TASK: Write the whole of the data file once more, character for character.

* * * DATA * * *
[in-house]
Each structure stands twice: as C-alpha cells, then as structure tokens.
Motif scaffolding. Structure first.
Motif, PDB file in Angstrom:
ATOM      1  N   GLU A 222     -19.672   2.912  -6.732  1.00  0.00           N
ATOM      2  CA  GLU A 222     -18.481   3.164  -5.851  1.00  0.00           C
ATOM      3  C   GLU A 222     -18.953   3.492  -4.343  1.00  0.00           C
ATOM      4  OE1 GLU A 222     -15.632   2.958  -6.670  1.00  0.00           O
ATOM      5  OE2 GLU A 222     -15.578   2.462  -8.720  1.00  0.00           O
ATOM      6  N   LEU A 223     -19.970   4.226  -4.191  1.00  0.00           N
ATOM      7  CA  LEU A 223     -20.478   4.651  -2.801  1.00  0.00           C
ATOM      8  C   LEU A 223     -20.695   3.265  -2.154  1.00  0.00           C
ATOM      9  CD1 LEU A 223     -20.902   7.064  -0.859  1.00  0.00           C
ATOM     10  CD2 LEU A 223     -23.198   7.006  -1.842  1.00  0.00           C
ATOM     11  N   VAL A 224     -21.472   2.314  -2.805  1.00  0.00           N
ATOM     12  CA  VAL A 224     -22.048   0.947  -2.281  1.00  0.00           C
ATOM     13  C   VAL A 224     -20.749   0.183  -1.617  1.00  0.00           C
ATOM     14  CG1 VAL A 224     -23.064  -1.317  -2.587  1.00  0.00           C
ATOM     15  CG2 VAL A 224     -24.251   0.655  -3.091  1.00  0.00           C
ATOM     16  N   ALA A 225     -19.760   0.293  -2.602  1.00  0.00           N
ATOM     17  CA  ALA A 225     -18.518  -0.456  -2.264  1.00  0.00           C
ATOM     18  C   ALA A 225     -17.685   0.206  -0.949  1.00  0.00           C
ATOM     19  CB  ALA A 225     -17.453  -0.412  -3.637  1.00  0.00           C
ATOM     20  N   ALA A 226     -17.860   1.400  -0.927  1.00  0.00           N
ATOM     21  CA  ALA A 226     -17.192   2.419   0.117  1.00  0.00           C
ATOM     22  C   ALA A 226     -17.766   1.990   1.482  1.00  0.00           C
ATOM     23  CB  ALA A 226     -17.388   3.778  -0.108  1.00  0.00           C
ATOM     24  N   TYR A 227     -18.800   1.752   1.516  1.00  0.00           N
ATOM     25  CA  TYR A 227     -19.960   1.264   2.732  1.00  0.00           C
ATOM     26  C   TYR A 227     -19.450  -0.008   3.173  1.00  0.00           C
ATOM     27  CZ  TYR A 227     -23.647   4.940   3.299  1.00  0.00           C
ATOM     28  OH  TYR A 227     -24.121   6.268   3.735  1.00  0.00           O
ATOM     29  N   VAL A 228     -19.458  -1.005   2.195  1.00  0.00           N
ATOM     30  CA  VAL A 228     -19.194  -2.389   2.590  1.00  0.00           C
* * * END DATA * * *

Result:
[in-house]
Each structure stands twice: as C-alpha cells, then as structure tokens.
Motif scaffolding. Structure first.
Motif, PDB file in Angstrom:
ATOM      1  N   GLU A 222     -19.672   2.912  -6.732  1.00  0.00           N
ATOM      2  CA  GLU A 222     -18.481   3.164  -5.851  1.00  0.00           C
ATOM      3  C   GLU A 222     -18.953   3.492  -4.343  1.00  0.00           C
ATOM      4  OE1 GLU A 222     -15.632   2.958  -6.670  1.00  0.00           O
ATOM      5  OE2 GLU A 222     -15.578   2.462  -8.720  1.00  0.00           O
ATOM      6  N   LEU A 223     -19.970   4.226  -4.191  1.00  0.00           N
ATOM      7  CA  LEU A 223     -20.478   4.651  -2.801  1.00  0.00           C
ATOM      8  C   LEU A 223     -20.695   3.265  -2.154  1.00  0.00           C
ATOM      9  CD1 LEU A 223     -20.902   7.064  -0.859  1.00  0.00           C
ATOM     10  CD2 LEU A 223     -23.198   7.006  -1.842  1.00  0.00           C
ATOM     11  N   VAL A 224     -21.472   2.314  -2.805  1.00  0.00           N
ATOM     12  CA  VAL A 224     -22.048   0.947  -2.281  1.00  0.00           C
ATOM     13  C   VAL A 224     -20.749   0.183  -1.617  1.00  0.00           C
ATOM     14  CG1 VAL A 224     -23.064  -1.317  -2.587  1.00  0.00           C
ATOM     15  CG2 VAL A 224     -24.251   0.655  -3.091  1.00  0.00           C
ATOM     16  N   ALA A 225     -19.760   0.293  -2.602  1.00  0.00           N
ATOM     17  CA  ALA A 225     -18.518  -0.456  -2.264  1.00  0.00           C
ATOM     18  C   ALA A 225     -17.685   0.206  -0.949  1.00  0.00           C
ATOM     19  CB  ALA A 225     -17.453  -0.412  -3.637  1.00  0.00           C
ATOM     20  N   ALA A 226     -17.860   1.400  -0.927  1.00  0.00           N
ATOM     21  CA  ALA A 226     -17.192   2.419   0.117  1.00  0.00           C
ATOM     22  C   ALA A 226     -17.766   1.990   1.482  1.00  0.00           C
ATOM     23  CB  ALA A 226     -17.388   3.778  -0.108  1.00  0.00           C
ATOM     24  N   TYR A 227     -18.800   1.752   1.516  1.00  0.00           N
ATOM     25  CA  TYR A 227     -19.960   1.264   2.732  1.00  0.00           C
ATOM     26  C   TYR A 227     -19.450  -0.008   3.173  1.00  0.00           C
ATOM     27  CZ  TYR A 227     -23.647   4.940   3.299  1.00  0.00           C
ATOM     28  OH  TYR A 227     -24.121   6.268   3.735  1.00  0.00           O
ATOM     29  N   VAL A 228     -19.458  -1.005   2.195  1.00  0.00           N
ATOM     30  CA  VAL A 228     -19.194  -2.389   2.590  1.00  0.00           C